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Topic: definitions of exp/log
Replies: 0

 John Hagood Posts: 8 Registered: 12/6/04
definitions of exp/log
Posted: Oct 18, 2001 2:30 PM

Here is another way to definite exp(x), appropriate for first year calculus
or early in advanced calculus (prior to developing the derivative).

(1) Start by extending a^x from the rationals to a continuous function on
the reals.

(2) Consider the functions x/a^x for constant a>1. In first year calculus,
graphical evidence suggests that each such function has exactly one
maximum, and that location of the maximum decreases as x increases. Take e
to be the value of a such that the maximum occurs at x = 1.

(3) It is now an easy and entertaining exercise to obtain quite rigorously
the derivative of e^x. Furthermore, the proof of the traditional limit
lim_{n- > infinity}(1+1/n)^n = e is pleasantly quick as well.

This will appear in the November 2001 issue of College Mathematics Journal.

For a more advance class - i.e., Introduction to Analysis or Advance
Calculus - the details of (2) can be filled in as follows (these are
reasonable exercises for students)
(2a) For each a>1, x -> x/a^x attains a maximum. The extreme value theorem
will get this, but if that is not yet in hand, it is an easy exercise to
show that for each a>1 here is a cut (L,R) of the rationals such that x/a^x
increases strictly on L and decreases strictly on R . This approach also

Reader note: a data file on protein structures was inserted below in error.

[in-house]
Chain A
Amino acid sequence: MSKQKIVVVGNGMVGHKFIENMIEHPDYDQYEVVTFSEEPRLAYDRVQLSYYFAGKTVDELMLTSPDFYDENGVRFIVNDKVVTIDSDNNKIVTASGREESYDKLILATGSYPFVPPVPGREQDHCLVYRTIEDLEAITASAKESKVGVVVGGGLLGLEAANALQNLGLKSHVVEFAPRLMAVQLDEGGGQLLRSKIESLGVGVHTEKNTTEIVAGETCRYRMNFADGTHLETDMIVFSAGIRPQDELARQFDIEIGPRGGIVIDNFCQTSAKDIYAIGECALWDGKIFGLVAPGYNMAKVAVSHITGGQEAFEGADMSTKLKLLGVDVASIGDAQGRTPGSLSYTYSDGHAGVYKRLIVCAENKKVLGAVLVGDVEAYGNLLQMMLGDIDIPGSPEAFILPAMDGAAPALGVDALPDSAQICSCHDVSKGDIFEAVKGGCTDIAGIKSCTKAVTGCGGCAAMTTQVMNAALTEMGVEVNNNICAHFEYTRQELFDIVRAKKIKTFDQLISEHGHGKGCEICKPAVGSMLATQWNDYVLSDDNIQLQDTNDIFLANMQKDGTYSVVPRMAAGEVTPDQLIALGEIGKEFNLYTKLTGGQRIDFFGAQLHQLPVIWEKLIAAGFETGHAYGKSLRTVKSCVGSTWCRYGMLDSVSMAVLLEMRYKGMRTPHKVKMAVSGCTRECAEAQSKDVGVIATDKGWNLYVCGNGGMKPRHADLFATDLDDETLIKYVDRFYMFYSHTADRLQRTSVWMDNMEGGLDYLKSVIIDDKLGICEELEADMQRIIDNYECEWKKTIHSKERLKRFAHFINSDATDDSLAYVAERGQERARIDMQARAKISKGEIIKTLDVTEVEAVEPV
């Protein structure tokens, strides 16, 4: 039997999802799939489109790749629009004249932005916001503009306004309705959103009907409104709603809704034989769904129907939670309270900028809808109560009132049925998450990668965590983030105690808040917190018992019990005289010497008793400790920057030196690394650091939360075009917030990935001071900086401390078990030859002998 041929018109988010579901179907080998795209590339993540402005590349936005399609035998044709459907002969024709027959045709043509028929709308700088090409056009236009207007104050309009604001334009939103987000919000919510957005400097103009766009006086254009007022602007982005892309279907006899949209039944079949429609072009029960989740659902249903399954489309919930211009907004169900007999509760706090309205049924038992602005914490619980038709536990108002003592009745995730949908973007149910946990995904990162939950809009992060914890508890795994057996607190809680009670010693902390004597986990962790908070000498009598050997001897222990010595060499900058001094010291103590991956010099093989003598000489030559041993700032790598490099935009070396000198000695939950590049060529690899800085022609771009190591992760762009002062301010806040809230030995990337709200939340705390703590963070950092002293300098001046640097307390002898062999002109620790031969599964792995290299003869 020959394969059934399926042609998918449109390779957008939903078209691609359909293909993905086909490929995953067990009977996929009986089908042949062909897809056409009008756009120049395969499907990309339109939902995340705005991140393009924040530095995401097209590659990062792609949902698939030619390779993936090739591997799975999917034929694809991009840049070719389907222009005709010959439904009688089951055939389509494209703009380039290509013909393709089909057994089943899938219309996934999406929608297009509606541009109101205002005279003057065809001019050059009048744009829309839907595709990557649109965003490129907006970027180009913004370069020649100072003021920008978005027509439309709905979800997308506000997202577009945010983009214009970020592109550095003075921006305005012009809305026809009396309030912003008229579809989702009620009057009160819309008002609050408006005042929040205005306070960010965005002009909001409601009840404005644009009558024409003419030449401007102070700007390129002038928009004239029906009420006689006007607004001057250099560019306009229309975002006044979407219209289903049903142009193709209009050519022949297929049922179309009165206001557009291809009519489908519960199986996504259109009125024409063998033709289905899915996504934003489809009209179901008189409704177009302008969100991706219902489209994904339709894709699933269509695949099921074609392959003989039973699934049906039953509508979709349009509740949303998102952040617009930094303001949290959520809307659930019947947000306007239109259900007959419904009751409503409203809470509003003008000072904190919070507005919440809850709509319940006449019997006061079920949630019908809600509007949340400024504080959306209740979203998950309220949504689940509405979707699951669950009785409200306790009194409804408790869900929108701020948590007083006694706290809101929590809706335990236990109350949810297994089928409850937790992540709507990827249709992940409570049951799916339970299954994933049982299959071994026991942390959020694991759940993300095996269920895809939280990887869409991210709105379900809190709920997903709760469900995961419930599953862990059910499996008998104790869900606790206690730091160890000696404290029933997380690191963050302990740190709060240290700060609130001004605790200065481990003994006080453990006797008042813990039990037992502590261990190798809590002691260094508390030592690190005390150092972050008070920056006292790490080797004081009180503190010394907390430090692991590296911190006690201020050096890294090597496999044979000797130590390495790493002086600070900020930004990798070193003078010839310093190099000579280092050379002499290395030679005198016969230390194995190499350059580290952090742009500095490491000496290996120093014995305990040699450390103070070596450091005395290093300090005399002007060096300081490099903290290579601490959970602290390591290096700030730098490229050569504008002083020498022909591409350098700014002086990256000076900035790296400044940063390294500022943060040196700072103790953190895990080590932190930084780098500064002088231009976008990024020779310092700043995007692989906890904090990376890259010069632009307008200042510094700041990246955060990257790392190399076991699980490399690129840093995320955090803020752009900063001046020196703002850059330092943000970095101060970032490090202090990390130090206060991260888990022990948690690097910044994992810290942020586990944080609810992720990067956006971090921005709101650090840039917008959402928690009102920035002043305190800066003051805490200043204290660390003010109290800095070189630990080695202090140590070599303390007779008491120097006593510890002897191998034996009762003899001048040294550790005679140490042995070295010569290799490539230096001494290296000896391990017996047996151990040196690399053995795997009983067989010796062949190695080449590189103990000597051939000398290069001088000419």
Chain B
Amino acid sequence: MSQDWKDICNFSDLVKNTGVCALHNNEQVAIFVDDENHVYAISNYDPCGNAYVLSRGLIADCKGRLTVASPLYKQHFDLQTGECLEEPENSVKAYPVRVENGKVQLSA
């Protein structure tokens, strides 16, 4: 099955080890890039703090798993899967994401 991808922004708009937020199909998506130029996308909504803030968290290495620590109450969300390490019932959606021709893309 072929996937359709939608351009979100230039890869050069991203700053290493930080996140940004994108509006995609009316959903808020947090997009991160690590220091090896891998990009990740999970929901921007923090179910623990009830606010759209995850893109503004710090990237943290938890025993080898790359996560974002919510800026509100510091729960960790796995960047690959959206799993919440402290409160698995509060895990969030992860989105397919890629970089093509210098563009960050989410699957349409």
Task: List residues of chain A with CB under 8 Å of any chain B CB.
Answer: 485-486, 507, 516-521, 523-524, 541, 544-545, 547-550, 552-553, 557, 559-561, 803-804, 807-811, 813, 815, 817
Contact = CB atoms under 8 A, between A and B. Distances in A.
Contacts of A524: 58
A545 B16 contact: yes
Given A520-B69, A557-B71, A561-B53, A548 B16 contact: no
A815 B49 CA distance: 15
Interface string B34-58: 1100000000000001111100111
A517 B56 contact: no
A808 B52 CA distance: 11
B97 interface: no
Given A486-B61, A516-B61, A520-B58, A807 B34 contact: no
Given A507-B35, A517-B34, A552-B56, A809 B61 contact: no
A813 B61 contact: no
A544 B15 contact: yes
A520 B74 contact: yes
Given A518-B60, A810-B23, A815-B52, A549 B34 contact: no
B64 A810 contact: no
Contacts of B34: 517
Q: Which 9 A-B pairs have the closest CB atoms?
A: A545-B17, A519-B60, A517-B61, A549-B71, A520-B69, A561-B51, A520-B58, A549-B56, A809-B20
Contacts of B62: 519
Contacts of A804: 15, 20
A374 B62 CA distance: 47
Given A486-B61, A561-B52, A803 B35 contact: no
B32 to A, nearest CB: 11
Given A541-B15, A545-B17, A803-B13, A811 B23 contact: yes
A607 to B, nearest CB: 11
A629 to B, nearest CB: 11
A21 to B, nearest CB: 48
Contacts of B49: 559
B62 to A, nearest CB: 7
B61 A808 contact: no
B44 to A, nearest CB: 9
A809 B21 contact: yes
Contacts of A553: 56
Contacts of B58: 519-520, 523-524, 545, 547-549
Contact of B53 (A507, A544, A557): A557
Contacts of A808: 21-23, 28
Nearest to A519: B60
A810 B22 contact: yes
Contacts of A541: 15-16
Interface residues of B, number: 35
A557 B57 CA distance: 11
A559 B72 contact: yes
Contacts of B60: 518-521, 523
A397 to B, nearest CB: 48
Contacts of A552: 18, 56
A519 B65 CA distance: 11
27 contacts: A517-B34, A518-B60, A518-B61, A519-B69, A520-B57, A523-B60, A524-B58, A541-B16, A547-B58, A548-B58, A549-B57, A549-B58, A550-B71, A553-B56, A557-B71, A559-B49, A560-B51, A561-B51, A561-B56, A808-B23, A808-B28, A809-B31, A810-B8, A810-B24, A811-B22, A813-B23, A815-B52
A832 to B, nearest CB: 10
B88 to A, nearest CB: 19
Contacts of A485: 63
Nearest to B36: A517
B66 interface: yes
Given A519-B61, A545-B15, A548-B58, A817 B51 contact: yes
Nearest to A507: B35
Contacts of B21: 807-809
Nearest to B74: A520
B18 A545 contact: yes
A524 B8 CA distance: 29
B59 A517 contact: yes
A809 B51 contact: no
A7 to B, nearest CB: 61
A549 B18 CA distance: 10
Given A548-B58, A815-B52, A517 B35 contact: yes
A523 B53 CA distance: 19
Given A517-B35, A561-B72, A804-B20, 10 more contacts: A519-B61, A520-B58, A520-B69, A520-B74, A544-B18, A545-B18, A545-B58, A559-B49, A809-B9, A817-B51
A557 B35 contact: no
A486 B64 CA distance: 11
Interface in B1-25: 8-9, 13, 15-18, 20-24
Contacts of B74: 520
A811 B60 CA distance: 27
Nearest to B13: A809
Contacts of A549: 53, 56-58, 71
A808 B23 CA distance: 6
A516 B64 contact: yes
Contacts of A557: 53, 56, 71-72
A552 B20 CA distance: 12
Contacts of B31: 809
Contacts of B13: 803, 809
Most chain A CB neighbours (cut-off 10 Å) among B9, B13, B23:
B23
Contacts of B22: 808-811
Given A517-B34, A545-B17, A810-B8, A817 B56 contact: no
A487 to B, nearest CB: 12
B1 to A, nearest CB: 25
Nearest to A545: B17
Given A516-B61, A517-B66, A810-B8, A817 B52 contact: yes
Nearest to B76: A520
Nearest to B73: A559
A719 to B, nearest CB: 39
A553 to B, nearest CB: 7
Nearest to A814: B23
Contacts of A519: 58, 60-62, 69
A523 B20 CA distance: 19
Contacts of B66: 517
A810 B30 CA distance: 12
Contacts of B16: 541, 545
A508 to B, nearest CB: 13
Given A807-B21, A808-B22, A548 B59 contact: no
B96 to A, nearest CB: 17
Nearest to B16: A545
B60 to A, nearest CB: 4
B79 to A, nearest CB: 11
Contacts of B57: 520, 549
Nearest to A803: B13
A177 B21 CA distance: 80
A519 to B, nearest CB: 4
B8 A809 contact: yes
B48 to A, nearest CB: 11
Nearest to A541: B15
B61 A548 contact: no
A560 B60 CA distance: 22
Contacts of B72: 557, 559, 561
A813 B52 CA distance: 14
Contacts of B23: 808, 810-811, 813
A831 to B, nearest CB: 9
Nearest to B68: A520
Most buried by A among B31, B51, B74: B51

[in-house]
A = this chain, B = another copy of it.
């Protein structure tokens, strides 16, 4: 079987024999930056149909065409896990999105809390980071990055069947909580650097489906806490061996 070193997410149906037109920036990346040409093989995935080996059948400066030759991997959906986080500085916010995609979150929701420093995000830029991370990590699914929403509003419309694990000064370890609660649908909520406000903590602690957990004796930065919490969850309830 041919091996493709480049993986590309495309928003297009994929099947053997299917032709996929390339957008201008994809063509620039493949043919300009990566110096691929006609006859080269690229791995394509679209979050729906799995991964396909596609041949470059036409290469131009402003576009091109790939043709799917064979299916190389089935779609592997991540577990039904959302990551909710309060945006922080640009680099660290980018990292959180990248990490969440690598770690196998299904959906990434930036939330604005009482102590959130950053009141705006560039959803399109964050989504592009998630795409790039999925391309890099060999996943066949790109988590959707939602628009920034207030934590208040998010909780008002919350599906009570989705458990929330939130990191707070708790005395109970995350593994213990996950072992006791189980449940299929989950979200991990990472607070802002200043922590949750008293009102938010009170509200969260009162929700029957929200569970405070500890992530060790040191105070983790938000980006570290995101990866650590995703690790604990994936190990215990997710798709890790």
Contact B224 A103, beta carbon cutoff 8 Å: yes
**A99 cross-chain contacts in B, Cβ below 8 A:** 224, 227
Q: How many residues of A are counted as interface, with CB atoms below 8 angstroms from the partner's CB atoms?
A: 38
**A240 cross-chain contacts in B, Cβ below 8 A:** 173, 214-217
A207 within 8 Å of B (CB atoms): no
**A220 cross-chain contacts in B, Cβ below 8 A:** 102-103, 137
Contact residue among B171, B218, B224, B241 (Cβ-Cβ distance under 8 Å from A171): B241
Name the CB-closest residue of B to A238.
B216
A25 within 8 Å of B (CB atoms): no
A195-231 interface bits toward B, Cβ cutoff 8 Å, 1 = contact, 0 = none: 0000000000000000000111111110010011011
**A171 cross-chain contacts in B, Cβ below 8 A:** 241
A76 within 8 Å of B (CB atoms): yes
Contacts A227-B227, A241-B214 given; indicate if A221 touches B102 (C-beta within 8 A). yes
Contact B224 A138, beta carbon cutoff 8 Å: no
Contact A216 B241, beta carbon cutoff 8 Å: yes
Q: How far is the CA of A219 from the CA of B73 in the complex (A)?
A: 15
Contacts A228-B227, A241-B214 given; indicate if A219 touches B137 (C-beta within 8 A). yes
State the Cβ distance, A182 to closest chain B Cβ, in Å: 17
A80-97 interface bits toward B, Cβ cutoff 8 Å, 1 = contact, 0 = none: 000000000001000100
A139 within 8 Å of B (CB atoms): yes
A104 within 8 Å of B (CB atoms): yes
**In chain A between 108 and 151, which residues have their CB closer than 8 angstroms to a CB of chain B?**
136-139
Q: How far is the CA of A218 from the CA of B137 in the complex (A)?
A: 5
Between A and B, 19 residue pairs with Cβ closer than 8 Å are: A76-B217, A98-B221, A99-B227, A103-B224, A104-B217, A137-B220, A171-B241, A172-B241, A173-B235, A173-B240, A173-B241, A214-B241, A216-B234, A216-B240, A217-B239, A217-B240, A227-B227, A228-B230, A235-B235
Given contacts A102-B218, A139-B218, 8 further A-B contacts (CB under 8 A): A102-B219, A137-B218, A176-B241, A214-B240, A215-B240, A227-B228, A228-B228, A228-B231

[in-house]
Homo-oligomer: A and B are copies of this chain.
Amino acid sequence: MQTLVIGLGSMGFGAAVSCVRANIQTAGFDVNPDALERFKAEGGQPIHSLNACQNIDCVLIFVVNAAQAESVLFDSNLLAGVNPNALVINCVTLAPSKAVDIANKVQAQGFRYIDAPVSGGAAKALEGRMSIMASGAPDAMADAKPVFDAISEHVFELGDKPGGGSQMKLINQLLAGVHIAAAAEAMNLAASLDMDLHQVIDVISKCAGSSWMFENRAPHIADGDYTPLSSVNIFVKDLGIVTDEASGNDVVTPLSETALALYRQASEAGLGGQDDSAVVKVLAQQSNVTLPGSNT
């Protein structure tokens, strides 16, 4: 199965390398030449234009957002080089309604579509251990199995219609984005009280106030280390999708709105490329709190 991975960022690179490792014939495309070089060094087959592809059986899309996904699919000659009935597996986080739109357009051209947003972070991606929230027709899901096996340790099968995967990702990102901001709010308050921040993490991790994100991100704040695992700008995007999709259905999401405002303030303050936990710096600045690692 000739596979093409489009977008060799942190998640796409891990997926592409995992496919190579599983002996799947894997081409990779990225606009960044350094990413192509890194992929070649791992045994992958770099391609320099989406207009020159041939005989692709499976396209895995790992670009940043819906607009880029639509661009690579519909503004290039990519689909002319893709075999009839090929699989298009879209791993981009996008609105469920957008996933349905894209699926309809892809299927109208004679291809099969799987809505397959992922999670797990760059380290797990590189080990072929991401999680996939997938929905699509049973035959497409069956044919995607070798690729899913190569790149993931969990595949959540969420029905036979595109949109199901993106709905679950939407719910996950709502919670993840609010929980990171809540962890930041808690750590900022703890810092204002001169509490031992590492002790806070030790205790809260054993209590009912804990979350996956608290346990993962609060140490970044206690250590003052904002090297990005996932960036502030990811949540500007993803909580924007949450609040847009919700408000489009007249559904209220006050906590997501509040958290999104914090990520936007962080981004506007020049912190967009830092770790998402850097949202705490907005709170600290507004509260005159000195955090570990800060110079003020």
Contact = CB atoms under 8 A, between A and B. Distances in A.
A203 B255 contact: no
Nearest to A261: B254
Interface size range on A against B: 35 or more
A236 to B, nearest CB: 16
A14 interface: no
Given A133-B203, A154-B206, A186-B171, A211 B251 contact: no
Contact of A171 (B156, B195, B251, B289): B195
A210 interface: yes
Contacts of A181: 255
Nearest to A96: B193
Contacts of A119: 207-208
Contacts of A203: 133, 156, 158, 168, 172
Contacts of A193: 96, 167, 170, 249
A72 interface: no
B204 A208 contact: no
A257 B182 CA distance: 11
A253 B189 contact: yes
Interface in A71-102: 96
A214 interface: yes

shows that the location of the maximum is unique.
(2b) The maximum of x/a^{kx} occurs at x_a/k where x_a is the location of
the maximum of x/a^x.
(2c) There is a unique number e such that x/e^x has a maximum at x =
1. (The uniqueness can be proved using (2b) and the fact that for a given
a>1, x->a^x maps onto the positive reals. The intermediate value theorem
makes this immediate, but it is not needed in light of elementary
properties of a^x over the rationals (x->a^x is strictly increasing and
unbounded above, a^t-a^s <= a^{t+1}(t-s) for s<t, and the extension in (1)
) if one prefers to avoid it.

An alternative approach not mentioned already in this thread appears in
(John Kemeny, The exponential function, Amer. Math. Monthly, 64 (1957),
158-160).

John W. Hagood
Department of Mathematics and Statistics
PO Box 5717
Northern Arizona University
Flagstaff, AZ 86011-5717
Phone: 520-523-6879
Fax: 520-523-5847

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